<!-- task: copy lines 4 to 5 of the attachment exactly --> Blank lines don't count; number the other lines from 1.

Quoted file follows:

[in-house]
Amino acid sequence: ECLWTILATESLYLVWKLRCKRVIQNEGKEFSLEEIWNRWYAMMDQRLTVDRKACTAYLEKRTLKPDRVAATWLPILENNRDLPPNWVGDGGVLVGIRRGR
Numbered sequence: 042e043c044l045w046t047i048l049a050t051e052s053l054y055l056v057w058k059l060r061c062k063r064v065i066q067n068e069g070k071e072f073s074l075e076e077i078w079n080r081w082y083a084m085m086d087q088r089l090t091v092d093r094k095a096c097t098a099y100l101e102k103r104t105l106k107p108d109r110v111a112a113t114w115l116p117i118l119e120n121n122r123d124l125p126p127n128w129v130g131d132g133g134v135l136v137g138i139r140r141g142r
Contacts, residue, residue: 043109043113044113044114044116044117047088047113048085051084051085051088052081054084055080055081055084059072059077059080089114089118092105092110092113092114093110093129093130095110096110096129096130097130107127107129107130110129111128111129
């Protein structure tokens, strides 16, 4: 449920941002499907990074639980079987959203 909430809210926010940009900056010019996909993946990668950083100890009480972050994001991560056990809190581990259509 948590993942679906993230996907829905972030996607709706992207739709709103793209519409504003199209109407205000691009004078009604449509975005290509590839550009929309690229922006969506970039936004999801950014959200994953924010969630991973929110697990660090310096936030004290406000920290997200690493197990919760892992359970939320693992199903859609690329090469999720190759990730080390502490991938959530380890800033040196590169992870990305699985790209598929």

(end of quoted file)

Contacts, residue, residue: 043109043113044113044114044116044117047088047113048085051084051085051088052081054084055080055081055084059072059077059080089114089118092105092110092113092114093110093129093130095110096110096129096130097130107127107129107130110129111128111129
């Protein structure tokens, strides 16, 4: 449920941002499907990074639980079987959203 909430809210926010940009900056010019996909993946990668950083100890009480972050994001991560056990809190581990259509 948590993942679906993230996907829905972030996607709706992207739709709103793209519409504003199209109407205000691009004078009604449509975005290509590839550009929309690229922006969506970039936004999801950014959200994953924010969630991973929110697990660090310096936030004290406000920290997200690493197990919760892992359970939320693992199903859609690329090469999720190759990730080390502490991938959530380890800033040196590169992870990305699985790209598929």